HOUSTON–The National Football League promises that Super Bowl LI, scheduled to be played in Houston on February 5, 2017, will be “the most all-inclusive, welcoming, and gender-affirmative Super Bowl in history.” The foundation of all that welcoming and affirmation will be two hundred “special bowls,” the centerpieces of new gender-appropriate rest rooms to be installed at league expense in Houston’s NRG stadium.
“We were troubled by the recent defeat of the Houston Equal Rights Ordinance, or HERO legislation,” said NFL Commissioner Roger Goodell. “This is our way of leveling the playing field.”
HERO, which the Houston city council passed in preliminary form eighteen months ago, protected fifteen classes of people from discrimination, including veterans, pregnant or menstruating women, senior citizens, undocumented workers, and persons with physical, mental, or emotional disabilities; nor could anyone be discriminated against because of race, color, religion, national origin, previous condition of servitude, political affiliation, sexual preference, or sexual identification.
“No matter who you are or whom you identify with or what position you normally assume,” Commissioner Goodell declared, “there will be a toilet seat at Super Bowl Fifty-One for you.”
The fight over HERO, which was defeated roughly 62-to-38, was bitter and somewhat puzzling, given that Houston’s three-term mayor Annise Parker is openly lesbian. A New York Times op-ed piece charged opponents of the law with fearmongering for suggesting that “sexual deviants were waiting for the ordinance to kick in to sneak up on unsuspecting women in bathroom stalls.”
Meanwhile opponents of the ordinance, such as Texas Lieutenant Governor Dan Patrick, warned that the vote “was about protecting our grandmoms and our mothers and our wives and our sisters and our daughters and our granddaughters.”
Immediately following the defeat of HERO, representatives of lesbian, gay, bisexual, and transgender groups called on the NFL to punish Houston by stripping it of Super Bowl LI. A source close to the NFL, who asked not to be identified, by gender or any other means, said that some football team owners could not understand why lesbians, gays, and bisexuals joined ranks with transgenders, “because [gays] can still take a leak in men’s or women’s bathrooms. Another owner wanted to know if transgender persons were the same as transvestites.”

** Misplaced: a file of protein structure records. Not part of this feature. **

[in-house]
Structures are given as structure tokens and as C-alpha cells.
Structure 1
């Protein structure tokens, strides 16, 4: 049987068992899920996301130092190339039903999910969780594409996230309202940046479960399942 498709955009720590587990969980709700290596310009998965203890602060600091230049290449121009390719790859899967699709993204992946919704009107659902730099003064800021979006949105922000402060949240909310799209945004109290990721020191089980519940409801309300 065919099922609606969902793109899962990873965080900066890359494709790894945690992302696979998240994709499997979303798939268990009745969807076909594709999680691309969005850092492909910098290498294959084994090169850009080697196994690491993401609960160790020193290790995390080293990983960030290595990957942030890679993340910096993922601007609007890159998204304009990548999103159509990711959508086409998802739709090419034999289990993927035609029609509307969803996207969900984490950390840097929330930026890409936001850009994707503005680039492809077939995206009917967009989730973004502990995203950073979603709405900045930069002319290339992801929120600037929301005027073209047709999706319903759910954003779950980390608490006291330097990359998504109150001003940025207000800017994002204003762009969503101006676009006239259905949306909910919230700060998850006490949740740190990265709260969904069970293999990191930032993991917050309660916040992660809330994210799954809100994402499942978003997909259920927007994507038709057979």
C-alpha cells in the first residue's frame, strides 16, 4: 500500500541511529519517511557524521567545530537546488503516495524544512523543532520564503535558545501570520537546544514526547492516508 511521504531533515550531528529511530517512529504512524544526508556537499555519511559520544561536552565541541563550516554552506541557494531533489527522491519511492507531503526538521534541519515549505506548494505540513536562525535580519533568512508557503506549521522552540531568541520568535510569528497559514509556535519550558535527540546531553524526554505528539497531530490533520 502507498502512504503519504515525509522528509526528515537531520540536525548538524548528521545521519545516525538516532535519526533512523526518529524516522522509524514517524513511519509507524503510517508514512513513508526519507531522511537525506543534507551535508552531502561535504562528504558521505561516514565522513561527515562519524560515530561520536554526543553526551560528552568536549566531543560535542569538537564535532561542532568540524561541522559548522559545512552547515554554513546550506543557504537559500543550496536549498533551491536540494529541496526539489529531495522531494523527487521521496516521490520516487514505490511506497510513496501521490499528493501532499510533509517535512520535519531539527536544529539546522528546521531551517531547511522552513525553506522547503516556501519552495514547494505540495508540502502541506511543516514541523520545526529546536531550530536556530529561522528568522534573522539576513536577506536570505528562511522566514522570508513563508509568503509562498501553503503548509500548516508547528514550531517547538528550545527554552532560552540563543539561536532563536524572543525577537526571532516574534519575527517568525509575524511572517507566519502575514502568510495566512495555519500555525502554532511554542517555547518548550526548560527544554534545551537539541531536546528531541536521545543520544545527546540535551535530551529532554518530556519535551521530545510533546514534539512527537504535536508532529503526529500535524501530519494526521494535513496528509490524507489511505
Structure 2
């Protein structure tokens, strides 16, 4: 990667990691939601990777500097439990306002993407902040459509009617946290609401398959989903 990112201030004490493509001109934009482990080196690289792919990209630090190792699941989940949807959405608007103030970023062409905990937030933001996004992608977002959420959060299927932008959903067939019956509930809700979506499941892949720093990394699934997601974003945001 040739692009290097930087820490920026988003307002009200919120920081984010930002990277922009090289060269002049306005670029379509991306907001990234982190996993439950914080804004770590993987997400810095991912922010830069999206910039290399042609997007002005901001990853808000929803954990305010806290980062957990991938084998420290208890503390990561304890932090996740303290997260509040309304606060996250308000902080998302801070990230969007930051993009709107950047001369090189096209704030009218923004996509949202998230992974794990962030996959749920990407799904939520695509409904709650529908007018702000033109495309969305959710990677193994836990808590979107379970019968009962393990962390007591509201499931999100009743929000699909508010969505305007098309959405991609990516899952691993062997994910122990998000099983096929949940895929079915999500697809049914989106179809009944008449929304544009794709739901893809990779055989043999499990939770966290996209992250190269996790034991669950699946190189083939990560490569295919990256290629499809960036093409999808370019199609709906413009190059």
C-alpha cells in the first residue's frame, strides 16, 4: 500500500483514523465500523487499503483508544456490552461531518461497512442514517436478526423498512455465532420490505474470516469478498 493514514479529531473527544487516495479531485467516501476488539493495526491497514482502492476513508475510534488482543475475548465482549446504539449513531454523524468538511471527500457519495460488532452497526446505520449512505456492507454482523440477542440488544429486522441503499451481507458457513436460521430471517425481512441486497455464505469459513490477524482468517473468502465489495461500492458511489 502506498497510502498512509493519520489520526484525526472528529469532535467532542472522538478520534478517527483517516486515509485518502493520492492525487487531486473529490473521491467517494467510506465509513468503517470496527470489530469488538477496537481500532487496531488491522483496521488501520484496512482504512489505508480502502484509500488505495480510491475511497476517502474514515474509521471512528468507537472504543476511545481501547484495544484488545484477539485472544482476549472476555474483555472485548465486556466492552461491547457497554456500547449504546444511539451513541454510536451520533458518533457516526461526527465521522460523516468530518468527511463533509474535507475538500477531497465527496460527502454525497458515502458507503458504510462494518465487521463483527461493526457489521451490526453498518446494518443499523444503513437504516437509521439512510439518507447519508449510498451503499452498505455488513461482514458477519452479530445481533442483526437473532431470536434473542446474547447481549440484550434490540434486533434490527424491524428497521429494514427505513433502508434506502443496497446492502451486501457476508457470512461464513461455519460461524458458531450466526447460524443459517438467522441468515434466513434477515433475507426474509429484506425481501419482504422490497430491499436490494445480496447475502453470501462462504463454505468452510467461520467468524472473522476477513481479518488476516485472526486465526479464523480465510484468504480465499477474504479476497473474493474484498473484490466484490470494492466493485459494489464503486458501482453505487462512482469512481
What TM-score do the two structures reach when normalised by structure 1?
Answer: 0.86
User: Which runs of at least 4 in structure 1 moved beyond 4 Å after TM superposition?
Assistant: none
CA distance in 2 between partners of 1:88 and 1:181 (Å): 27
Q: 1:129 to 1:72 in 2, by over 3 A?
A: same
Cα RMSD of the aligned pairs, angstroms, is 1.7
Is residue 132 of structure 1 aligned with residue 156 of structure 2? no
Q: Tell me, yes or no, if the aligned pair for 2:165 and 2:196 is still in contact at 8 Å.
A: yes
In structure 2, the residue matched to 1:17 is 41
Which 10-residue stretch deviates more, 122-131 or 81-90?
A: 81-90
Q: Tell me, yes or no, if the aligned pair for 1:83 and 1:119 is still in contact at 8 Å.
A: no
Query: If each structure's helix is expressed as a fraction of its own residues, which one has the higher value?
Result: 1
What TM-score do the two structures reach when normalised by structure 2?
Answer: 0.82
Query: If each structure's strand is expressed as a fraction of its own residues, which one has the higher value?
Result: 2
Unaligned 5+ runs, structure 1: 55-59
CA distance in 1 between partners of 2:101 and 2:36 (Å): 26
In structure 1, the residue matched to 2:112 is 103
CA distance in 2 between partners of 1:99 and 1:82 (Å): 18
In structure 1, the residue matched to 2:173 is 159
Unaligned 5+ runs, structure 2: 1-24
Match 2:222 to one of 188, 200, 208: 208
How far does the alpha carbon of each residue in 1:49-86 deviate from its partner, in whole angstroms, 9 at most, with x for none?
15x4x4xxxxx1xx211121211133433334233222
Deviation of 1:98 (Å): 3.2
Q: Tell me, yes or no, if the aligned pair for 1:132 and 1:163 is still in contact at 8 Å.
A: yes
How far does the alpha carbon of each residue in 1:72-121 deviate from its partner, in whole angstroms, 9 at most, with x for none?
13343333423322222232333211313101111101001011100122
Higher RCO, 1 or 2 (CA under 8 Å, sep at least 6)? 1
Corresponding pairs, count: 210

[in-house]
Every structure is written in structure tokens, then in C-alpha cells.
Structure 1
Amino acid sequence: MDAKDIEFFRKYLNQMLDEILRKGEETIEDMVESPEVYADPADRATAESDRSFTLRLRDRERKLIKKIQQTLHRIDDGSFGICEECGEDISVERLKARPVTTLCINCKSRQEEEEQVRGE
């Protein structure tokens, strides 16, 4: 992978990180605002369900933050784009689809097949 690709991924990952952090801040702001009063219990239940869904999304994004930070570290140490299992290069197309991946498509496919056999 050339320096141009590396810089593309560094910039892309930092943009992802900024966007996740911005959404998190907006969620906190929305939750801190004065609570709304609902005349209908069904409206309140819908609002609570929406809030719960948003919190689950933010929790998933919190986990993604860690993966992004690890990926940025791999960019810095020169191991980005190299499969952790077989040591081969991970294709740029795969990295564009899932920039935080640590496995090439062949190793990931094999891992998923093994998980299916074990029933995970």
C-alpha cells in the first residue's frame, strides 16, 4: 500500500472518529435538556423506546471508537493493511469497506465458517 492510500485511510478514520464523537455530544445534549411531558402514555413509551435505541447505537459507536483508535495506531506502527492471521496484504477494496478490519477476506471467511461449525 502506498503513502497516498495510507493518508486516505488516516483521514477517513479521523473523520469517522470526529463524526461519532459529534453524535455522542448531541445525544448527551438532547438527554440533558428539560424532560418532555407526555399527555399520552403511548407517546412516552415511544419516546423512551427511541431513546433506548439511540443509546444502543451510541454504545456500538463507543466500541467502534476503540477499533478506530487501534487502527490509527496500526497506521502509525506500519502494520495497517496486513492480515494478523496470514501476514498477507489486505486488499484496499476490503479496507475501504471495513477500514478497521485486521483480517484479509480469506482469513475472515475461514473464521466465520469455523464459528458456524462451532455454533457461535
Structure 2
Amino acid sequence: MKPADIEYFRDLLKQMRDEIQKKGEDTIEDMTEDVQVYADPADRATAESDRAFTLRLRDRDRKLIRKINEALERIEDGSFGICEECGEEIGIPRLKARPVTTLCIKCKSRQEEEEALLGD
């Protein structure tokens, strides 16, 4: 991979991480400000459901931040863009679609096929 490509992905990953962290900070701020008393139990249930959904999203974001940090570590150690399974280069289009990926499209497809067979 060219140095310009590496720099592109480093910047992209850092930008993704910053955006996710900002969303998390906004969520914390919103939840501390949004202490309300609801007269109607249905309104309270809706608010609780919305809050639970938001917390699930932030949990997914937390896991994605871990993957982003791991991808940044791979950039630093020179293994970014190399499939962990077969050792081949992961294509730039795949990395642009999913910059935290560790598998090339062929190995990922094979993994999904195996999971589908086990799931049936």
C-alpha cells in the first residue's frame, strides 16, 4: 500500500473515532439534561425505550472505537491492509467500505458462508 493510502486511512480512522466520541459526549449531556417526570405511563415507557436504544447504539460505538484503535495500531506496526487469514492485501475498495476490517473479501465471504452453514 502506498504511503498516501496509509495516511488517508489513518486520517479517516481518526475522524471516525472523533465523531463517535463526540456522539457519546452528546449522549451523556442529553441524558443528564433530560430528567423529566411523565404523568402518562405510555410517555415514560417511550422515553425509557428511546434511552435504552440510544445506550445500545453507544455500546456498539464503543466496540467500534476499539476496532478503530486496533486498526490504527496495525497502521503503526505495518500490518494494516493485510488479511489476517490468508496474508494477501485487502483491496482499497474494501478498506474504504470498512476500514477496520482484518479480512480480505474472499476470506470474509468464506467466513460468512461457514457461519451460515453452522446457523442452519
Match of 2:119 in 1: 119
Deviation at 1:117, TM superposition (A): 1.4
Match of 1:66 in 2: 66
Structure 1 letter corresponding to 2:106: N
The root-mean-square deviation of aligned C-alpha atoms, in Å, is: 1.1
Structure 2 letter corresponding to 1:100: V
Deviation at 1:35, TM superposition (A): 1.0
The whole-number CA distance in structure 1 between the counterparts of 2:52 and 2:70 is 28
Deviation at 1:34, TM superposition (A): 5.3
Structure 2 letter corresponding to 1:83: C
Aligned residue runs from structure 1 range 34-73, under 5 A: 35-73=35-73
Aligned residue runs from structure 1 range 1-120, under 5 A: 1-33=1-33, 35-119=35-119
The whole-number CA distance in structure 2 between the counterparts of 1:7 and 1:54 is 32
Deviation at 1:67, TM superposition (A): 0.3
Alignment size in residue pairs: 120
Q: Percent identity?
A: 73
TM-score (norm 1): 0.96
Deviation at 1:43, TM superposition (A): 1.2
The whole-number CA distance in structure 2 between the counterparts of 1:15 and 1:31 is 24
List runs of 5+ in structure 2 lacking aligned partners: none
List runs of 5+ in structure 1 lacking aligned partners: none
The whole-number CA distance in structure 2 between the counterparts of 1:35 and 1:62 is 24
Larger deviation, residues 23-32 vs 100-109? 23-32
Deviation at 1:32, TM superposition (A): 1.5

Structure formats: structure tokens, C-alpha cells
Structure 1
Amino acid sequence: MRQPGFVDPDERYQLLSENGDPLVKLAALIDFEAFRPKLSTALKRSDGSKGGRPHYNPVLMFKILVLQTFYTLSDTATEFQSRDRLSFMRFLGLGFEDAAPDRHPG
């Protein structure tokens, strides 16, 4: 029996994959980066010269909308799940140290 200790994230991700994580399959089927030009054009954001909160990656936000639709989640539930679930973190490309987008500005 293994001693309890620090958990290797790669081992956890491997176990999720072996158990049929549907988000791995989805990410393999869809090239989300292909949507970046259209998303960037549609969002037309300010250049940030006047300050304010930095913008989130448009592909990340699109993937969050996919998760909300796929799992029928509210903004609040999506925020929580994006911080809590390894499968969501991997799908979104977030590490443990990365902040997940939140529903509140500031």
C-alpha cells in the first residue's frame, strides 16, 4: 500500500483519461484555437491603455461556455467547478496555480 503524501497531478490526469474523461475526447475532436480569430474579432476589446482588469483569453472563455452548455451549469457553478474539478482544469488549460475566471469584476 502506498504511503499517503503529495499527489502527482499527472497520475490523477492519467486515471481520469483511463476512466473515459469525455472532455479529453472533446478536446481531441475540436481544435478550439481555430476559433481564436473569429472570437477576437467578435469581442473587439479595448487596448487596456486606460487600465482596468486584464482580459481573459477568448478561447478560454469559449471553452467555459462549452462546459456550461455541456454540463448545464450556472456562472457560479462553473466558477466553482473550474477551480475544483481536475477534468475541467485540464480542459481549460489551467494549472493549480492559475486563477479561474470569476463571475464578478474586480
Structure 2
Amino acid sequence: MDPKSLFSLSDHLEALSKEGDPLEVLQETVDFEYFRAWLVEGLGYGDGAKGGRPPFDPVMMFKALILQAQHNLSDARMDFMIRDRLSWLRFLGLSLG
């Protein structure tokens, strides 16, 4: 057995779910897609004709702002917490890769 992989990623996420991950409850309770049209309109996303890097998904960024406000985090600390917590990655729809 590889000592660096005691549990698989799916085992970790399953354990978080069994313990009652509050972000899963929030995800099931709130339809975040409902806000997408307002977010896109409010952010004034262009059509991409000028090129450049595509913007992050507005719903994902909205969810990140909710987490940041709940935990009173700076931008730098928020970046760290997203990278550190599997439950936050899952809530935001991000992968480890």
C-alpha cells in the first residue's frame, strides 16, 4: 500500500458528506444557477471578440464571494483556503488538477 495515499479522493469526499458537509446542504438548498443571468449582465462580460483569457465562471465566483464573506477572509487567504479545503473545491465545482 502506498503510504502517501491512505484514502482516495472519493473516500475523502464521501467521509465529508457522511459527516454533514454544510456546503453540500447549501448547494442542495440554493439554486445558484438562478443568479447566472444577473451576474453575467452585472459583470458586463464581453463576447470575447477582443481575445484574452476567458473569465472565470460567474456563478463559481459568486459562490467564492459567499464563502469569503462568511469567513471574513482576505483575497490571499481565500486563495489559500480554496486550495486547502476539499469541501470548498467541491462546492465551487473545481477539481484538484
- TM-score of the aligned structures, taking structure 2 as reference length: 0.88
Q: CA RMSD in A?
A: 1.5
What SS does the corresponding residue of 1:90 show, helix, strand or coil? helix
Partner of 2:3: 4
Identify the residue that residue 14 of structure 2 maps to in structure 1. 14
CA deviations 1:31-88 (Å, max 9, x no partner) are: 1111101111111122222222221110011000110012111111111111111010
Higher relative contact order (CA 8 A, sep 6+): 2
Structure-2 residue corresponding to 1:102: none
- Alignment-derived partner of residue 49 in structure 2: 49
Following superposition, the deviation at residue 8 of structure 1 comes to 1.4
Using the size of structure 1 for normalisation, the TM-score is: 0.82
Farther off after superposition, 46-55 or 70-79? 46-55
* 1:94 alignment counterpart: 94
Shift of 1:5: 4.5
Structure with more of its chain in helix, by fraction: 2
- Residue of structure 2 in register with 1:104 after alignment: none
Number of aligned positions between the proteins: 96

If Commissioner Goodell is looking for resources on alternative restrooms, he might begin with Facebook’s “Fifty Ways to List Your Lover” gender preference guideline, which was introduced in time for Valentine’s Day 2014. That list includes everything from agender . . . identifying more as a person than as any gender at all, to non-binary . . . having multiple gender identities such as bigender and pangender, to two spirits . . . usually applied to a Native American who feels his or her body simultaneously manifests both a masculine and a feminine spirit.
Because gender identification is such a fluid subject, the NFL realizes that by the time the last fighter pilots have buzzed NRG stadium and the game is almost about to begin, there might be as many as a dozen new gender identifications not to offend.
“We plan to install a number of spare restrooms that will be ready on game day,” Commissioner Goodell told ESPN’s Tony Kornheiser. “We’ll also have a painter and a designer standing by to put the name of that new gender identity and its flag, if any, on the door.”
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